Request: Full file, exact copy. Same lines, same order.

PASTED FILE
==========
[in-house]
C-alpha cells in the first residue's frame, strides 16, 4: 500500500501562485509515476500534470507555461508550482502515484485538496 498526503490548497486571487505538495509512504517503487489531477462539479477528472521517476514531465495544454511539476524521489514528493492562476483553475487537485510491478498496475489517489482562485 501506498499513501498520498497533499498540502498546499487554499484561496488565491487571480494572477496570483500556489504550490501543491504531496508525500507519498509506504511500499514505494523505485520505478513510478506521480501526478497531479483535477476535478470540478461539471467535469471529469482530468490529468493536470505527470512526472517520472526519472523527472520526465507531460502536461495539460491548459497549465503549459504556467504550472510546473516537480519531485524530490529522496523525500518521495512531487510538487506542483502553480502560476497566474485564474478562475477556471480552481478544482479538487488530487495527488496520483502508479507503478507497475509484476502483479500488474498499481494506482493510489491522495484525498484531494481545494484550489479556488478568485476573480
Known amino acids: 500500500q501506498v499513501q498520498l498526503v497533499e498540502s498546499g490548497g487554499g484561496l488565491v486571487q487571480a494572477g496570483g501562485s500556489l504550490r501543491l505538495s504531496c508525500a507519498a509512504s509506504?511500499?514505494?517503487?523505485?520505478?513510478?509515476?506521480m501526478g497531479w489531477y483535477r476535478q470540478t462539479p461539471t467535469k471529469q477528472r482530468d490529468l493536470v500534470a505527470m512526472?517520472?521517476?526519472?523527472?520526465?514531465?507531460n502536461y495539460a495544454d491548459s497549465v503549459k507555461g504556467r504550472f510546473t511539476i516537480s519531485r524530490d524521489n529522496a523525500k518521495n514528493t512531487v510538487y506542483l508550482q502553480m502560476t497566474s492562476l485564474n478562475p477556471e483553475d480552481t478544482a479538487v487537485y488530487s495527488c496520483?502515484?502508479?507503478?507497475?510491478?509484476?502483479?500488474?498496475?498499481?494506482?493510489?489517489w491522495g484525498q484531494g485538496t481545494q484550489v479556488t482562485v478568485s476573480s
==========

[in-house]
C-alpha cells in the first residue's frame, strides 16, 4: 500500500501562485509515476500534470507555461508550482502515484485538496 498526503490548497486571487505538495509512504517503487489531477462539479477528472521517476514531465495544454511539476524521489514528493492562476483553475487537485510491478498496475489517489482562485 501506498499513501498520498497533499498540502498546499487554499484561496488565491487571480494572477496570483500556489504550490501543491504531496508525500507519498509506504511500499514505494523505485520505478513510478506521480501526478497531479483535477476535478470540478461539471467535469471529469482530468490529468493536470505527470512526472517520472526519472523527472520526465507531460502536461495539460491548459497549465503549459504556467504550472510546473516537480519531485524530490529522496523525500518521495512531487510538487506542483502553480502560476497566474485564474478562475477556471480552481478544482479538487488530487495527488496520483502508479507503478507497475509484476502483479500488474498499481494506482493510489491522495484525498484531494481545494484550489479556488478568485476573480
Known amino acids: 500500500q501506498v499513501q498520498l498526503v497533499e498540502s498546499g490548497g487554499g484561496l488565491v486571487q487571480a494572477g496570483g501562485s500556489l504550490r501543491l505538495s504531496c508525500a507519498a509512504s509506504?511500499?514505494?517503487?523505485?520505478?513510478?509515476?506521480m501526478g497531479w489531477y483535477r476535478q470540478t462539479p461539471t467535469k471529469q477528472r482530468d490529468l493536470v500534470a505527470m512526472?517520472?521517476?526519472?523527472?520526465?514531465?507531460n502536461y495539460a495544454d491548459s497549465v503549459k507555461g504556467r504550472f510546473t511539476i516537480s519531485r524530490d524521489n529522496a523525500k518521495n514528493t512531487v510538487y506542483l508550482q502553480m502560476t497566474s492562476l485564474n478562475p477556471e483553475d480552481t478544482a479538487v487537485y488530487s495527488c496520483?502515484?502508479?507503478?507497475?510491478?509484476?502483479?500488474?498496475?498499481?494506482?493510489?489517489w491522495g484525498q484531494g485538496t481545494q484550489v479556488t482562485v478568485s476573480s